At present there is a ford to a local national park that is becoming impassible, the local council cannot cover all the cost to making necessary changes and the present degraded access will cause an accident. This is an example where the tourism side of national government and the environmental and waterways side should assist the locals so the park can be available for locals and our important nature tourism.
Harold you are funny. Having no working knowledge of how money is created and distributed, you stand at the side with the most heft, align yourself to the people there, and villify all the rest. That is nothing more than a sophisticated game of mud throwing indulged in by boys using up their excess energies for no particular point but having fun for idle minds. Grow up.
It's a pleasure to read 'Ricardo' someone with realistic and positive ideas for doing something about a problem, especially about housing. I can't understand why everybody doesn't understand the need a human has for a house, a secure, lockable place of their own. Other societies might not need to lock up but when everybody has access to everything, living standards go down a bit. The useful tools don't get returned and have to be searched for when needed is a small example.
In an impersonal and often predatory environment in cities with moving populations it is essential to have household security. I remember the film Popi way back; a Puerto Rican father with two little boys. He was a small man working in a lone position at a mortuary heaving bodies around and earned a meagre living, which could be undermined by thieves breaking into the family's bedsit. When they rattled the knob, he barked like the security dog he couldn't afford!
But I don't agree with this statement from Ricardo- Rather than construct a huge and expensive state housing apparatus which history shows time and time again does not work, It is tight, narrow minds that fail to make the system flexible enough to word effectively for both citizens and the state. The care of the home and grounds can be part of a state tenants agreement, with help when needed. Buying the house from the state at an affordable amount with a buy-back as part of the agreement, the value set by an agreed system, rather than at market rates, ensures that the state isn't over-extended and ensures that those who can afford to buy are able to have more autonomy to express their own desires for the property (large projects needing agreement). These methods are more flexible and practical than old socialistic ideas.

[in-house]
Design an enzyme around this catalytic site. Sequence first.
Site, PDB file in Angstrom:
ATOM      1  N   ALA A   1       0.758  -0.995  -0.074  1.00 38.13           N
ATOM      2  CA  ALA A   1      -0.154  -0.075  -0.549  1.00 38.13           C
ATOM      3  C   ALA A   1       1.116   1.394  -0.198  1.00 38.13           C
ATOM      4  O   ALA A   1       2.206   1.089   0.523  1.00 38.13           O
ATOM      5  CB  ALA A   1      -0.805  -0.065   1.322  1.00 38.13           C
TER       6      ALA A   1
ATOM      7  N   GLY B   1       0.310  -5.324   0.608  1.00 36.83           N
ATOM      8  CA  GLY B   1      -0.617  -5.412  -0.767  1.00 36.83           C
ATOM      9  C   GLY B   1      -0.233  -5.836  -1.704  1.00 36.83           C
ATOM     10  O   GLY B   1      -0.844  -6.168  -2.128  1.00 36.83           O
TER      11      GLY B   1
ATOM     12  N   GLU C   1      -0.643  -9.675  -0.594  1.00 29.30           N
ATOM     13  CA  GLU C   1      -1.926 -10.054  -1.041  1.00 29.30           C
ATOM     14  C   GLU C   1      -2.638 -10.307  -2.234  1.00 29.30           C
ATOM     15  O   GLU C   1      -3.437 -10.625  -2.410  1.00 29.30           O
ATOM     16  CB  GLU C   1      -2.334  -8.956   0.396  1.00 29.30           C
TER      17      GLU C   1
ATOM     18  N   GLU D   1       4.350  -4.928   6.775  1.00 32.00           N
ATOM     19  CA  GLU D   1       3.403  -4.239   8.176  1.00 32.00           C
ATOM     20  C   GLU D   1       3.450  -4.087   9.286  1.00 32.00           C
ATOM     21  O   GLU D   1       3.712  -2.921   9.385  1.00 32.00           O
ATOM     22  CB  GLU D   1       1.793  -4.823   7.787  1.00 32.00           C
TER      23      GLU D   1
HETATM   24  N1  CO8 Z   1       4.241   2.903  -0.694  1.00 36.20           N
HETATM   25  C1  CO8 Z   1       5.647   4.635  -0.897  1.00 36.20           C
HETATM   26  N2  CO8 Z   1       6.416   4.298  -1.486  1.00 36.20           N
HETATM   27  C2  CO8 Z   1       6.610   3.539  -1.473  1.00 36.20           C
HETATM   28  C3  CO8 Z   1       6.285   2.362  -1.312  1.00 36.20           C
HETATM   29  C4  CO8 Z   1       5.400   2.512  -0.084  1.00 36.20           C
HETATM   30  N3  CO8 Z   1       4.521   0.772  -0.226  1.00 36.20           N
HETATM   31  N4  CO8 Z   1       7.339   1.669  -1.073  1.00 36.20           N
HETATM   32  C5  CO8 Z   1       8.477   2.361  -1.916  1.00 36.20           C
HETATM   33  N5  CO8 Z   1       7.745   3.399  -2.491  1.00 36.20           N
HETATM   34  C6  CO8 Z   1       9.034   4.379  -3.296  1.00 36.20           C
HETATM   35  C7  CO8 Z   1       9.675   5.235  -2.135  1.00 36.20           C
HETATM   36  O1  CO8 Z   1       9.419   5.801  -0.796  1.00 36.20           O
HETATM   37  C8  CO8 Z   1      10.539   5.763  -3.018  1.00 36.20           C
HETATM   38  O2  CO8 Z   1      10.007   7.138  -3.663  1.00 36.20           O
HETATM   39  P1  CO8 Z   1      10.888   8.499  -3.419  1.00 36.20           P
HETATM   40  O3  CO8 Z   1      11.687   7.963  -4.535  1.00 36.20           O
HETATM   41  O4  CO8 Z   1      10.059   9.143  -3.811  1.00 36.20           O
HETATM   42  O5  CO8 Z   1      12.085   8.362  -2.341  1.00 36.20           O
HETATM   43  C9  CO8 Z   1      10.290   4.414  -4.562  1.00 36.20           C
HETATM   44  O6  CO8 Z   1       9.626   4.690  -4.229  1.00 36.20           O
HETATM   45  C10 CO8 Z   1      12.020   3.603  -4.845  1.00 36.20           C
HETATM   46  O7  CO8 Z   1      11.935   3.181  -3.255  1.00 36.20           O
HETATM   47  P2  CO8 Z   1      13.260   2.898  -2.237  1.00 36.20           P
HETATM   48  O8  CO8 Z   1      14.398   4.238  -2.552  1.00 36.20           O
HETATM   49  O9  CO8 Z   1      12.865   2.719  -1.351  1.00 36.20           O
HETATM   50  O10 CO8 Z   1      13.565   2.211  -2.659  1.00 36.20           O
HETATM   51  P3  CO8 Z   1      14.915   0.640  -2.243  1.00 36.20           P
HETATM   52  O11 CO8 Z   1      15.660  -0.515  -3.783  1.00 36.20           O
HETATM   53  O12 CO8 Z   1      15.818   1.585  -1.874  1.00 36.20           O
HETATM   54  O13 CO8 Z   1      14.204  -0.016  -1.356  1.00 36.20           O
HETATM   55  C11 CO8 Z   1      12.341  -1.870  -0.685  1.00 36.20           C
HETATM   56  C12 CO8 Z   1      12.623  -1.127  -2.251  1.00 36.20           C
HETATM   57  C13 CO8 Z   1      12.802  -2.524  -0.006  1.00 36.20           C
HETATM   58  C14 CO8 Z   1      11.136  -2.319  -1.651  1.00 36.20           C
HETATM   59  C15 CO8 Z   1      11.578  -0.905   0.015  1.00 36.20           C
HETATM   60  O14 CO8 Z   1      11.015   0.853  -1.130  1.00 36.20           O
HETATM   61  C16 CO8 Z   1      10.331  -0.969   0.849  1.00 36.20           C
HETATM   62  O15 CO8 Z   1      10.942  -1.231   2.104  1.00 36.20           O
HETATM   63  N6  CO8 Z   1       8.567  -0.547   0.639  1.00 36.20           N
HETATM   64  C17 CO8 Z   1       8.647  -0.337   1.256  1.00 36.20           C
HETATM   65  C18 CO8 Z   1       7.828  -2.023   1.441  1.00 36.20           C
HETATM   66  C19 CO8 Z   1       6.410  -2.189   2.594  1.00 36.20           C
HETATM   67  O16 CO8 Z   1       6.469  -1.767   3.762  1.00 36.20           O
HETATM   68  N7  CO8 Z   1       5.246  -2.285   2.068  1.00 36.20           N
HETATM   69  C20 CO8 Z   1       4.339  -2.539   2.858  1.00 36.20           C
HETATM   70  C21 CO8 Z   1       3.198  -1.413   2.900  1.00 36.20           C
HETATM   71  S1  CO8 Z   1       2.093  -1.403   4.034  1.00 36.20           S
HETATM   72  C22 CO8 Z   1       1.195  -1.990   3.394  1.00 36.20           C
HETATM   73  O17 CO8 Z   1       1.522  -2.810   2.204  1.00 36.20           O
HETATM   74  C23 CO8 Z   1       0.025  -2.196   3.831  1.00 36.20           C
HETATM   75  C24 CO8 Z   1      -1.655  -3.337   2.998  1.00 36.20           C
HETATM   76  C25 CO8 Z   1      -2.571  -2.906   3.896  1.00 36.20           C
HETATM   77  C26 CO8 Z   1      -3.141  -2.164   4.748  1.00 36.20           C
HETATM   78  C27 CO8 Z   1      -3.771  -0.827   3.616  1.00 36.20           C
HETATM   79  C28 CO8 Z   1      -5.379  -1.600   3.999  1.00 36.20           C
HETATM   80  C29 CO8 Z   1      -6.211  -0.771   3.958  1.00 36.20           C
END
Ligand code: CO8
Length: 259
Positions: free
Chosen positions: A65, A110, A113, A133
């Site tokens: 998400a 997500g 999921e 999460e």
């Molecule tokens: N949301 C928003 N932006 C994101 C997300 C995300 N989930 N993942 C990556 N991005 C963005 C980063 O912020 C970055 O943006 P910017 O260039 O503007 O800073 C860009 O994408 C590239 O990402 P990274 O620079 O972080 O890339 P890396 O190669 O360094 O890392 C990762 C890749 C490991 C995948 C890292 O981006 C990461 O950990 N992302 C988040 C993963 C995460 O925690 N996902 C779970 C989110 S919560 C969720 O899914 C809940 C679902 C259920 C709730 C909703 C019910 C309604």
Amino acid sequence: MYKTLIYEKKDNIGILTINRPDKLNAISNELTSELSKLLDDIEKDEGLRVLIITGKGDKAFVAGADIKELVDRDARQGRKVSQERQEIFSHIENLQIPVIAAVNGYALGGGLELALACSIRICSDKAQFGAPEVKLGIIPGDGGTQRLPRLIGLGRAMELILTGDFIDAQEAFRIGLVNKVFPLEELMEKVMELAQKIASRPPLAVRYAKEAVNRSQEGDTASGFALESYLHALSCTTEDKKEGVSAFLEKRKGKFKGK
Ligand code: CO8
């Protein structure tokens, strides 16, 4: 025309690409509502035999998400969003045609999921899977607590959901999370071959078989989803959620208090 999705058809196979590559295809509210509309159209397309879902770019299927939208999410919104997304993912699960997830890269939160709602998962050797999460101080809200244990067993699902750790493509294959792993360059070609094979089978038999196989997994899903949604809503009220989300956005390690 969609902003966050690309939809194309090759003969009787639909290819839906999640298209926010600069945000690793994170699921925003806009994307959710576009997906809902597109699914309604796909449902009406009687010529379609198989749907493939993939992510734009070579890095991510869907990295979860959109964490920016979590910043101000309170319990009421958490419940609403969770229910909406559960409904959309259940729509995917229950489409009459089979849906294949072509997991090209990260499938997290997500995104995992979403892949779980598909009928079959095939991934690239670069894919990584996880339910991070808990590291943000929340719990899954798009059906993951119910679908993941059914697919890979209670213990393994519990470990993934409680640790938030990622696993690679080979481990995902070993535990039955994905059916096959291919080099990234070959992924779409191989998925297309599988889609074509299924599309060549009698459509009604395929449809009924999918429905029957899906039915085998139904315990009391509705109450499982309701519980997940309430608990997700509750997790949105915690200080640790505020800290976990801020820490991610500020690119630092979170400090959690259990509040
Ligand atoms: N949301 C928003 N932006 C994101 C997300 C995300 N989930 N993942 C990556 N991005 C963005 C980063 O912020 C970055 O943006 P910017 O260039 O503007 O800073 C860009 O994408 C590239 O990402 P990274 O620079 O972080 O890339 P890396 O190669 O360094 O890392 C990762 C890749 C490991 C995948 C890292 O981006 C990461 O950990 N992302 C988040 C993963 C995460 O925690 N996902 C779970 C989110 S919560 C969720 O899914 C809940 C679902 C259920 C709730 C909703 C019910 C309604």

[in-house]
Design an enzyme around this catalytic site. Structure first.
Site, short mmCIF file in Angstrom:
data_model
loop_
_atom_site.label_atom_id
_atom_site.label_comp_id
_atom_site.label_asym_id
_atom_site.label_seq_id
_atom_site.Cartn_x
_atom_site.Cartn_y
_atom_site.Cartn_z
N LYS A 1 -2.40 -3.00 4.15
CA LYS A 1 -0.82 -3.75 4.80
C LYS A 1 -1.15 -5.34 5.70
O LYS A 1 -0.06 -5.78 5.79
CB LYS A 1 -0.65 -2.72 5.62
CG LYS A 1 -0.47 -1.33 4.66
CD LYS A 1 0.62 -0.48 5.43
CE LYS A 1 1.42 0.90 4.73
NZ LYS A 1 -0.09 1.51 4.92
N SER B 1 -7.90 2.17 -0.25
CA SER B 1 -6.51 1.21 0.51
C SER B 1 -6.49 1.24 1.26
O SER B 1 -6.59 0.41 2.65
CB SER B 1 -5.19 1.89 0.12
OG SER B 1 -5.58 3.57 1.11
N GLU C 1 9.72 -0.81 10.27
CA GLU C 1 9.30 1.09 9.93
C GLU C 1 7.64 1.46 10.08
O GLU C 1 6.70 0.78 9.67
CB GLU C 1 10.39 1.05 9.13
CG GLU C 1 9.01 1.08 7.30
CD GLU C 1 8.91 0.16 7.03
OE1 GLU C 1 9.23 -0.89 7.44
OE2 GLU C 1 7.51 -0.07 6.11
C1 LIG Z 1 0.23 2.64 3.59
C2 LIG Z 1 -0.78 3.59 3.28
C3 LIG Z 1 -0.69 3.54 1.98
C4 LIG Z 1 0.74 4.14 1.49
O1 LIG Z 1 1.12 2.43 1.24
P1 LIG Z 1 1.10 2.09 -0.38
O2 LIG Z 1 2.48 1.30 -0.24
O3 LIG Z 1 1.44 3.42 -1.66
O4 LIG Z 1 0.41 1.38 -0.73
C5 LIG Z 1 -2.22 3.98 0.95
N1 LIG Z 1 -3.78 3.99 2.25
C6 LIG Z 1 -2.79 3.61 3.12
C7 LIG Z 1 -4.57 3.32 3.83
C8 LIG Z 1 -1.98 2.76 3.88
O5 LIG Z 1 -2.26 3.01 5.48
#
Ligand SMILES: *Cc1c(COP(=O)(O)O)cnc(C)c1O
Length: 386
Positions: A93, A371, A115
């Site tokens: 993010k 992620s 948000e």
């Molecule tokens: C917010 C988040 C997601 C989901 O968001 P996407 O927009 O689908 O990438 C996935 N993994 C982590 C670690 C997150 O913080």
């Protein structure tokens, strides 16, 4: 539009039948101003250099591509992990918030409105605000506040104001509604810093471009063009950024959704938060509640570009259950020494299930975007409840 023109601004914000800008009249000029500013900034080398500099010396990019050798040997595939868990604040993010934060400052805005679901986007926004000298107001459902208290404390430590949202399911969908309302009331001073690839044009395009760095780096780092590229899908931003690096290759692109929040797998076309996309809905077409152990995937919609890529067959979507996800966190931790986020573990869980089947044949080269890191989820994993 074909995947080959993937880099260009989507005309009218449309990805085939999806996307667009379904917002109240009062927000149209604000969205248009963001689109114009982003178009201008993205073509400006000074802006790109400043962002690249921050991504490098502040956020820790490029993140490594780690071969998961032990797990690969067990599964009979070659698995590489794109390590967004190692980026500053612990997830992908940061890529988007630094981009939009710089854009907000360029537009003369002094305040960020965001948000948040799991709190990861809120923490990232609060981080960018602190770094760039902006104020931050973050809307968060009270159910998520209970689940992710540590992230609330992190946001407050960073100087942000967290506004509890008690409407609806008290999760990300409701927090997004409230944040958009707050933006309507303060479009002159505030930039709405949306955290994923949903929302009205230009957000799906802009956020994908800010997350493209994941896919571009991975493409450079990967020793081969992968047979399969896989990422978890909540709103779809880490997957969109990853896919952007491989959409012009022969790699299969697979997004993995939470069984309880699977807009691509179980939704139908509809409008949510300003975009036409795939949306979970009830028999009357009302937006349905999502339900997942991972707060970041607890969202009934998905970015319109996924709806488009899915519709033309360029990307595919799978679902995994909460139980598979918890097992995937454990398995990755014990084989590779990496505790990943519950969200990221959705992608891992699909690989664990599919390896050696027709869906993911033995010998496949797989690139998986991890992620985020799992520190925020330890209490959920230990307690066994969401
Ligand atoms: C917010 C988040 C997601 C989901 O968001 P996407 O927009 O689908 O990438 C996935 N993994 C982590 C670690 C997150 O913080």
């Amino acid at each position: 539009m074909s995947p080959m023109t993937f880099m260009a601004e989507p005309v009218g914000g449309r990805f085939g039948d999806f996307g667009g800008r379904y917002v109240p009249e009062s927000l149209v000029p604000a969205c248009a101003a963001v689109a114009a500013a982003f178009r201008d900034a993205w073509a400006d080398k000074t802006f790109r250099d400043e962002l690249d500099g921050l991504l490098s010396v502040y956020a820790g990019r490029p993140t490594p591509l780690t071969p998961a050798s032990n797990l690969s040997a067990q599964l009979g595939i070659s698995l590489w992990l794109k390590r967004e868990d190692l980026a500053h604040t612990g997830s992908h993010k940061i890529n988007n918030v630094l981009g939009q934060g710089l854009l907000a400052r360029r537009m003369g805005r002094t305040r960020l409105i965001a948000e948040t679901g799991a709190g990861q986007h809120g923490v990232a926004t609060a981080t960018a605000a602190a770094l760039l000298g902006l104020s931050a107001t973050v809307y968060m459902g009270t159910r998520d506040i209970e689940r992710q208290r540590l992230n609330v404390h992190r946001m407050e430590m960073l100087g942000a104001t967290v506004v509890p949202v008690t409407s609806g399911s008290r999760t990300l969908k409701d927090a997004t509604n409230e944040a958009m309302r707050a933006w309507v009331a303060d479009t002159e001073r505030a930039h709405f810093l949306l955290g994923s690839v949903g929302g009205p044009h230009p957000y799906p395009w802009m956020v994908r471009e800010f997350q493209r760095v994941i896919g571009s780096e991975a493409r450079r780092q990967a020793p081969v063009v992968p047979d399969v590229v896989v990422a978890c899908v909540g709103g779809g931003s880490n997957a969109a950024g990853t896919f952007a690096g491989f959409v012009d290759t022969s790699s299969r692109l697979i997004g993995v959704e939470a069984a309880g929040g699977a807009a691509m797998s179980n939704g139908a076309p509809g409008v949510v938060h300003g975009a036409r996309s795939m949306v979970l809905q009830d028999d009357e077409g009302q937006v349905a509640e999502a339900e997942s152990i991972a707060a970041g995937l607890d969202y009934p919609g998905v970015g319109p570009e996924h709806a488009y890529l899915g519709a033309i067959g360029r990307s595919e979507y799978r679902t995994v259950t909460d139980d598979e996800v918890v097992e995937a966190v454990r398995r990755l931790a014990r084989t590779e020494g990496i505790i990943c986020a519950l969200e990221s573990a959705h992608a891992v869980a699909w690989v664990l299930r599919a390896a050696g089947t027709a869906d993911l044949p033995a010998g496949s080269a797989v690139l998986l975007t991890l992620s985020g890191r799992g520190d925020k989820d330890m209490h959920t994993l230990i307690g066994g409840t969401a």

Here is a USA link setting out most of the advantages, especially financial, from owning your own home: https://www.creditdonkey.com/why-own.html And there is a deep psychological connection with both home and place, and perhaps on a person's own personality and being. Traveller and writer William S. Sax says this:
"People and the places where they reside are engaged in a continuing set of exchanges; they have determinate, mutual effects upon each other because they are part of a single, interactive system." That quote is from an item in The Atlantic: https://www.theatlantic.com/health/archive/2011/12/the-psychology-of-home-why-where-you-live-means-so-much/249800/
It is likely that by denying our young people particularly, the right to buy their own home and so facilitate the life they build for themselves, New Zealand is destroying the heart and soul of the nation that had grown after the various economic depressions and repressions of workers that were ended by World War Two. As the nation blossomed, we failed to maintain the goodwill and commitment to the values that underwrote the civil society that grew then. When problems arose we had not formed an agreed NZ charter to guide us, and must now think urgently about what we need to enable us to stand together in a world of great political and environmental turmoil. If we can cohesively face the future in a thoughtful, responsive and cordial way we can avoid much of the despoliation of the good society we had expected to be continuous.
Since (unless we fool ourselves through excessive, seriously inflationary "debt free" credit creation) additional wealth ownership creation in a sustainable way is physically impossible without raising (i.e. SAVING) more capital for PROFITABLE (!) investment and productivity and capital debt repayment -
no government (Right or Left) will be ultimately successful in getting more done without achieving a higher national and personal wealth ownership creative savings rate per head of population.
Even policies of the Greens are subject to that reality.
I agree that the Imam of Al Noor masjid should not be regarded as an authority on how to protect believers from harm. He himself failed to protect his own community of worshipers despite (or more correctly because of) his collaboration with the NZ Security Intelligence Service.
He is equally deluded, and delusive, when it comes to the proclaimed need for "hate speech" laws.
We don't need more censorship. We need effective self-defence measures such as are in place in every Jewish synagogue, and which would have stopped Brenton Tarrant in his tracks with few casualties resulting.
Witnessing America, lifting the neediest seems intimately involved in lifting the class above them. So ... Labour is twice not enough. And without a positive simple case for the people fascism crawls up. No suggestion 'Jacinda' is doing anything but managing very, very, very present circumstances.